Anger can root deeply, grow quickly, and choke out your emotional health. Unless you cut away at your anger and learn to express it in a healthy manner, it can cause great harm to you and to others around you.
"I wanted to hurt him as badly as he hurt me," shares Joanne. "My anger was big, and it was black. It made me want to kill him. I knew I wouldn't, but I wanted to. I had enough knowledge to know that my anger was going to eventually eat me alive. Acid corrodes, as people say. That's when I knew that I had to direct my anger or learn to control it or dissipate it."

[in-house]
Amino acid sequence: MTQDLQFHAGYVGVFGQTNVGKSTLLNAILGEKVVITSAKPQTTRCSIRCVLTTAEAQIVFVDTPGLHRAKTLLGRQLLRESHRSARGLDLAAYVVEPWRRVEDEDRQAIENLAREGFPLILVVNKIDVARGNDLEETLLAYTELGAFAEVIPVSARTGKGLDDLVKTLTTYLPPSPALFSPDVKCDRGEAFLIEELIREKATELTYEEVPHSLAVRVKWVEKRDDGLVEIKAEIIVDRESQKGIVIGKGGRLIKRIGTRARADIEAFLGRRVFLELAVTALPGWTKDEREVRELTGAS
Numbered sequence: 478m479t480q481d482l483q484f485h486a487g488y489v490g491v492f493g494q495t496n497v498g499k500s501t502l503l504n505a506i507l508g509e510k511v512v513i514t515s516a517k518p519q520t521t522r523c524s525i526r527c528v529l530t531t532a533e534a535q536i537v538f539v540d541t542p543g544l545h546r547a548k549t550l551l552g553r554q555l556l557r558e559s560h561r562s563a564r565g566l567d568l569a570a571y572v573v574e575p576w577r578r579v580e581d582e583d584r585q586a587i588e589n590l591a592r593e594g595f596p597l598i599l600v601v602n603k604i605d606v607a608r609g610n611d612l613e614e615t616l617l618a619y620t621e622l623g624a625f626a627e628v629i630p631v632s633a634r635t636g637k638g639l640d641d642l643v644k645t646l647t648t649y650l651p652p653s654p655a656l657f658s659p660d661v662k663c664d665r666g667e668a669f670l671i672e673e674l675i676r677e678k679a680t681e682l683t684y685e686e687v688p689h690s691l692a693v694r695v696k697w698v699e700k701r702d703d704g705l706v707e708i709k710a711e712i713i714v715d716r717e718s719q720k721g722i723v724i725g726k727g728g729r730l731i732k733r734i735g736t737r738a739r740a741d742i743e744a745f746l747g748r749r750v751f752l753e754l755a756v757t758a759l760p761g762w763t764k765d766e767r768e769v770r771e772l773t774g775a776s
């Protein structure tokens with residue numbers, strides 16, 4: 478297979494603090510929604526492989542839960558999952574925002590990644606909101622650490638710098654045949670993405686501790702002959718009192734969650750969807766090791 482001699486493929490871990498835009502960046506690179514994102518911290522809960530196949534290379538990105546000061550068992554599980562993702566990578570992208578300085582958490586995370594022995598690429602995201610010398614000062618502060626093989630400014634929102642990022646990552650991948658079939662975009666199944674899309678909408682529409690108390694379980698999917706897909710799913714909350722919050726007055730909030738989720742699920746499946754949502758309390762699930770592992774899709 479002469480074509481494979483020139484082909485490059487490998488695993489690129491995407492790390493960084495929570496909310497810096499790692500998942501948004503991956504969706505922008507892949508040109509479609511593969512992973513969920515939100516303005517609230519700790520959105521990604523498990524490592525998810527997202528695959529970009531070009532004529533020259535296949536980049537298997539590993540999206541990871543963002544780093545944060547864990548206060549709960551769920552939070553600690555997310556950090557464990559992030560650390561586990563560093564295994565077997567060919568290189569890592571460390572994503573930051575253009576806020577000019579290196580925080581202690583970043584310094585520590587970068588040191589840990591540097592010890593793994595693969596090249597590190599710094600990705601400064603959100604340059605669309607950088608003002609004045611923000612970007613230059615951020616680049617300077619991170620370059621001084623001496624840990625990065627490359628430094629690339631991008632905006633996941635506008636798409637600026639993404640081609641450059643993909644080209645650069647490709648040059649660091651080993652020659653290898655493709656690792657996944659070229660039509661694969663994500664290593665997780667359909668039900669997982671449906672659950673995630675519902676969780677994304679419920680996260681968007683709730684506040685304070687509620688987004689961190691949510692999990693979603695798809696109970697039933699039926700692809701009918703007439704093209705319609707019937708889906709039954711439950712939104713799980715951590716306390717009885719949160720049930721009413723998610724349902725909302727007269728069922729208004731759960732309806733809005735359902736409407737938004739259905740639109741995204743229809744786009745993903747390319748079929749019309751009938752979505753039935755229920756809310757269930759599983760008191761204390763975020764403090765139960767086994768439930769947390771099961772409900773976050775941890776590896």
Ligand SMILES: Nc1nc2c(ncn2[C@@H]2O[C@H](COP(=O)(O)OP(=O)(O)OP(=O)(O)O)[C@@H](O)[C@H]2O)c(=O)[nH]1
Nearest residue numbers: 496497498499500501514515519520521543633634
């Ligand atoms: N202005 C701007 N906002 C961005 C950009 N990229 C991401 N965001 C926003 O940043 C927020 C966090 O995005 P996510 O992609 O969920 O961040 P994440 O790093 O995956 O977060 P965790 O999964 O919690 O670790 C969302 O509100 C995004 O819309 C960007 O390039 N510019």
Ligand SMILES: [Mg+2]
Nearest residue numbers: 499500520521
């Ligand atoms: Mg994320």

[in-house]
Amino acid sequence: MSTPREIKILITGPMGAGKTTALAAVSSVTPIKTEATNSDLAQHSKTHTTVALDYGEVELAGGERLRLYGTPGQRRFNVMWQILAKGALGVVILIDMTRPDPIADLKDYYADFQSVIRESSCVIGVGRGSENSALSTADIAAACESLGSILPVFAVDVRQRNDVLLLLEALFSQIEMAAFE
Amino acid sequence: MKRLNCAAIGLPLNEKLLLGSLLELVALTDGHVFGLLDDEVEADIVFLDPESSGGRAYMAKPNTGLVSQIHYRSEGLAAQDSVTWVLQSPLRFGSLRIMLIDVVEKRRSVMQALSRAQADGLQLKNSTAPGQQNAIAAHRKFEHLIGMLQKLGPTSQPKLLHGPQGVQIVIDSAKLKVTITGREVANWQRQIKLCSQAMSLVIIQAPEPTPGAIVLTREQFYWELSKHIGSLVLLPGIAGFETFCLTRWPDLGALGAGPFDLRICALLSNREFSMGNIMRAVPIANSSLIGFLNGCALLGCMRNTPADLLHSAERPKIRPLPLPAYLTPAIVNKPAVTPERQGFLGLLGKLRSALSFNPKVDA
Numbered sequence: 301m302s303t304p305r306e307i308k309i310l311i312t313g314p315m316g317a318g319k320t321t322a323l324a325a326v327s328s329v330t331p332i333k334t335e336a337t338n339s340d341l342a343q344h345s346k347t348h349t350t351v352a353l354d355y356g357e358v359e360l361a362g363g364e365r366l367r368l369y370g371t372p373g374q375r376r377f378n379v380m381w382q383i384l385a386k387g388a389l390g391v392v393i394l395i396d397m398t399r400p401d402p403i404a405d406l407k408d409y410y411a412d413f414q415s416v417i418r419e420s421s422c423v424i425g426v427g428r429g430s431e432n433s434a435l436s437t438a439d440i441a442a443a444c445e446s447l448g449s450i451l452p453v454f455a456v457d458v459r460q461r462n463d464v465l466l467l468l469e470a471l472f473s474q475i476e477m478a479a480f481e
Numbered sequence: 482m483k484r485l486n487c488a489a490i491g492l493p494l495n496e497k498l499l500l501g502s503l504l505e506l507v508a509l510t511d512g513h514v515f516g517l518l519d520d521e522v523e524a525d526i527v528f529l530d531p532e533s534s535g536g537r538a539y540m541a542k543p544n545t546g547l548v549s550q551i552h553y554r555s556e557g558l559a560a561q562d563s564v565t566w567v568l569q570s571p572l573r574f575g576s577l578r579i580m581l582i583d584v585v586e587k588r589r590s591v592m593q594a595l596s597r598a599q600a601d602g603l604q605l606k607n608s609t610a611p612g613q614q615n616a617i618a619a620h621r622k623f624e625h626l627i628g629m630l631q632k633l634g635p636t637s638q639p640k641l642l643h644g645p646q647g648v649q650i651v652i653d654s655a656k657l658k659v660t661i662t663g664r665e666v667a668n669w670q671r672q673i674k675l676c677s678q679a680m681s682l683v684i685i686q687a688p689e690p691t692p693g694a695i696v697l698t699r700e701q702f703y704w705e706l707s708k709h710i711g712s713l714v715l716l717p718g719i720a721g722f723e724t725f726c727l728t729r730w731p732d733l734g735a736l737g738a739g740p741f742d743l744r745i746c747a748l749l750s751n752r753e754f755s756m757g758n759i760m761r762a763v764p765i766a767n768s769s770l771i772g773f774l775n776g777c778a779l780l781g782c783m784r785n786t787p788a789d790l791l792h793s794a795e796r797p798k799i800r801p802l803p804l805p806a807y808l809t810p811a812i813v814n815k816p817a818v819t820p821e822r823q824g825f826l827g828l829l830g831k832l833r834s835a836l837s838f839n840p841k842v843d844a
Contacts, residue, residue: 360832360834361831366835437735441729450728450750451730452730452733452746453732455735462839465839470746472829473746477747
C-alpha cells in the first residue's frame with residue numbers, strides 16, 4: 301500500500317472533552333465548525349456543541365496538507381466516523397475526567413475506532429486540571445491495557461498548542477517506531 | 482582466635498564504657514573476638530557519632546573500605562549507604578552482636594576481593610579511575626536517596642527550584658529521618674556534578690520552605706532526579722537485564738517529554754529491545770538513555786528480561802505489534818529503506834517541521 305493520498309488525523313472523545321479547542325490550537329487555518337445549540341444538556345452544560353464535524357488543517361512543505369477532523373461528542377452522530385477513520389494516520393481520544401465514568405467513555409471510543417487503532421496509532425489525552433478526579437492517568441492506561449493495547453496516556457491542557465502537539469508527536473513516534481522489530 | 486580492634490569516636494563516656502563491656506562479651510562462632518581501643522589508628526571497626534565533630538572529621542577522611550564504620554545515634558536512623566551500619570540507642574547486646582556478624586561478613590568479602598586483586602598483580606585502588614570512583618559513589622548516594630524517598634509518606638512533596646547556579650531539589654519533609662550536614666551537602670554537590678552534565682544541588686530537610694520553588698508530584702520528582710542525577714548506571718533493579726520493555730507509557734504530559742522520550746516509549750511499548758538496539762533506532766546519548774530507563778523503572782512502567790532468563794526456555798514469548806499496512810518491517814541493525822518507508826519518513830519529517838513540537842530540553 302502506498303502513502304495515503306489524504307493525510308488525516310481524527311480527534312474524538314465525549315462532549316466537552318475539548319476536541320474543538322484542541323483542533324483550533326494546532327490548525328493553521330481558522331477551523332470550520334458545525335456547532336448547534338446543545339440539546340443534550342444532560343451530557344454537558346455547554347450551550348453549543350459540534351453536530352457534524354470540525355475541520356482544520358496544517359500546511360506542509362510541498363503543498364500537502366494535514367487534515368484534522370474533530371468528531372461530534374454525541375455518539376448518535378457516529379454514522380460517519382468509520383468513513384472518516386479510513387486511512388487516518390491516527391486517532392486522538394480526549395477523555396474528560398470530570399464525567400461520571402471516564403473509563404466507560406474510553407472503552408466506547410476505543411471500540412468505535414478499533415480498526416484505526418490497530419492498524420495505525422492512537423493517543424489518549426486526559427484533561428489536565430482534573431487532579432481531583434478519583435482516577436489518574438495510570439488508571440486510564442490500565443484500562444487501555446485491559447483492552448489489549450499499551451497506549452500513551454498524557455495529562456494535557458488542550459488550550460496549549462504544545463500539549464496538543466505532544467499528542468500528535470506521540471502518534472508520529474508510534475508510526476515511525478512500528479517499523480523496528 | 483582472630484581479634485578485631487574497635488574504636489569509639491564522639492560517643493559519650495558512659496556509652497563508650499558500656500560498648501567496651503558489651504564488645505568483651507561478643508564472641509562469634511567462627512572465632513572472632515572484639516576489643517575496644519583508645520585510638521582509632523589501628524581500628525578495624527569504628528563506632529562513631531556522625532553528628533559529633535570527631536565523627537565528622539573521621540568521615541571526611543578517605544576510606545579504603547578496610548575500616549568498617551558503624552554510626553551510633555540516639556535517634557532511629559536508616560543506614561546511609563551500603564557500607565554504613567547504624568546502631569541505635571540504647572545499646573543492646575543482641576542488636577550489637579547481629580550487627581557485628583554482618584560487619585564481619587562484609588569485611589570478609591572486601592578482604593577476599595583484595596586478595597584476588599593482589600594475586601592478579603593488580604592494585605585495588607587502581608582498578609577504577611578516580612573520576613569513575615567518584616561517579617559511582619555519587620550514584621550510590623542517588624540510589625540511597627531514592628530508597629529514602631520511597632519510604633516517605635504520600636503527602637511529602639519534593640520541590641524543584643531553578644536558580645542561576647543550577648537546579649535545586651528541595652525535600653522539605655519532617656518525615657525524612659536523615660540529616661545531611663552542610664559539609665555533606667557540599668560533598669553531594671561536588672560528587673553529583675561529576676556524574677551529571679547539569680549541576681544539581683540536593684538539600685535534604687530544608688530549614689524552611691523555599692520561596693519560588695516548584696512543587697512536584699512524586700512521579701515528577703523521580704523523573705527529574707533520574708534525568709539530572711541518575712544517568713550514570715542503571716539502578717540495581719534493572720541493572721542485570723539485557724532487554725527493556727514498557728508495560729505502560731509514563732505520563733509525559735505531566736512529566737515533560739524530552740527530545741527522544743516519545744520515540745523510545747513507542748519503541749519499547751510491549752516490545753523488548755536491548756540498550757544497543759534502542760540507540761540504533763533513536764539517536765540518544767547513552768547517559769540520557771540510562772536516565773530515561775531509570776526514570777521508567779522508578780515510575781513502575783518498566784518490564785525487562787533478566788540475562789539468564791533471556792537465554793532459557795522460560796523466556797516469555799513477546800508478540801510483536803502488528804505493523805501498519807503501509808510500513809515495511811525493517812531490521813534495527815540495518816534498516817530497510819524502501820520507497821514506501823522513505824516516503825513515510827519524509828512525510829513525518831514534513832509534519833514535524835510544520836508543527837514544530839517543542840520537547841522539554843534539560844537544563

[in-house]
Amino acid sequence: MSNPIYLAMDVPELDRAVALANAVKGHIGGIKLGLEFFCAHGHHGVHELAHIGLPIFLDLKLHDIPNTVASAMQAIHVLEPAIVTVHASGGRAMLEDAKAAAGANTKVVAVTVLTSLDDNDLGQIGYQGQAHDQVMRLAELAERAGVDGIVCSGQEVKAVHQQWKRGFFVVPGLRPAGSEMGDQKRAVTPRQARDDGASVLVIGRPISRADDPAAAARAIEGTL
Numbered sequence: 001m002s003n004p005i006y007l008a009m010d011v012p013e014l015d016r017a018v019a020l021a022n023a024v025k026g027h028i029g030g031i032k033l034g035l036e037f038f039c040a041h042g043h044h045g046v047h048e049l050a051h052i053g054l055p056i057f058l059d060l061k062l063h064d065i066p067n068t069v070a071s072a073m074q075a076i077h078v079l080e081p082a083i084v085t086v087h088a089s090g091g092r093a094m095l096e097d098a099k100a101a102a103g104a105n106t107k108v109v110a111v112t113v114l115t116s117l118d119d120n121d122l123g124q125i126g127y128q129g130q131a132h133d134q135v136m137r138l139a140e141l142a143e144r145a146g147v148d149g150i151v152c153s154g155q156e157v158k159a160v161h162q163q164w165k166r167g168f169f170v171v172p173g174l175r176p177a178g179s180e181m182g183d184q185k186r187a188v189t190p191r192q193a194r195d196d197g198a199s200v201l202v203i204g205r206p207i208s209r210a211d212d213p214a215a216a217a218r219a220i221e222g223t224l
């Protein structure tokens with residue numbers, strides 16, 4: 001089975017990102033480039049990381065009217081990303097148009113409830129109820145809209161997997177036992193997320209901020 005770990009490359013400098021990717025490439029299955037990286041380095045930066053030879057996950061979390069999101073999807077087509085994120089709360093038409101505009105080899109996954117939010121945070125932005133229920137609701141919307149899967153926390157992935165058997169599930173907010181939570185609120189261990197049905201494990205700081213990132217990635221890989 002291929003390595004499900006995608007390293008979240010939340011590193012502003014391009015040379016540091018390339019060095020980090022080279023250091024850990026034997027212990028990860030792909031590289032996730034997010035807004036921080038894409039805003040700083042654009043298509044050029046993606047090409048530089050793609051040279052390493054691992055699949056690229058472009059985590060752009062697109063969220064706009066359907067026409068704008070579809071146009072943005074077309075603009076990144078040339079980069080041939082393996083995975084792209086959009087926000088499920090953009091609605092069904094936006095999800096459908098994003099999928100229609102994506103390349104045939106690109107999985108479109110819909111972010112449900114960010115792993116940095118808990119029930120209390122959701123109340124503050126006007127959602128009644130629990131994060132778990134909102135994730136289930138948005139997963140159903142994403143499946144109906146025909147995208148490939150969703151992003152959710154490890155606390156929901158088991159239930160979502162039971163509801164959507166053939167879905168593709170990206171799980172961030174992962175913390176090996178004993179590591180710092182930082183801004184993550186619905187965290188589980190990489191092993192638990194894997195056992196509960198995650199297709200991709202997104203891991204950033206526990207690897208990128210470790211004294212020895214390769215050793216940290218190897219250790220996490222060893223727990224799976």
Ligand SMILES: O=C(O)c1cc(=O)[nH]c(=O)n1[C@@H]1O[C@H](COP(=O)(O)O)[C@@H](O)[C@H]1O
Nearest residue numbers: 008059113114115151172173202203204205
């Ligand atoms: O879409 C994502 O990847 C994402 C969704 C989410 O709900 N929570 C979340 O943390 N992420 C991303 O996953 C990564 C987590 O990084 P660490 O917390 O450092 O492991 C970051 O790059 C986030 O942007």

You may feel guilty about the extreme thoughts your anger is leading you to have. Be assured that these thoughts are normal for a person who is going through a divorce.
Howard shares, "I had tremendous guilt over some feelings I had, just awful and violent things I wanted to do to get even. It was such a relief to know that the things I'm feeling—the depression, the suicidal thoughts, the anger, and the violent thoughts are something common to this situation, something that can be faced and overcome."
If you are in a divorce, you will at some point feel anger. The extent of that anger will vary from person to person, but God commands everyone to be wise in anger.
"A fool gives full vent to his anger, but a wise man keeps himself under control" (Proverbs 29:11).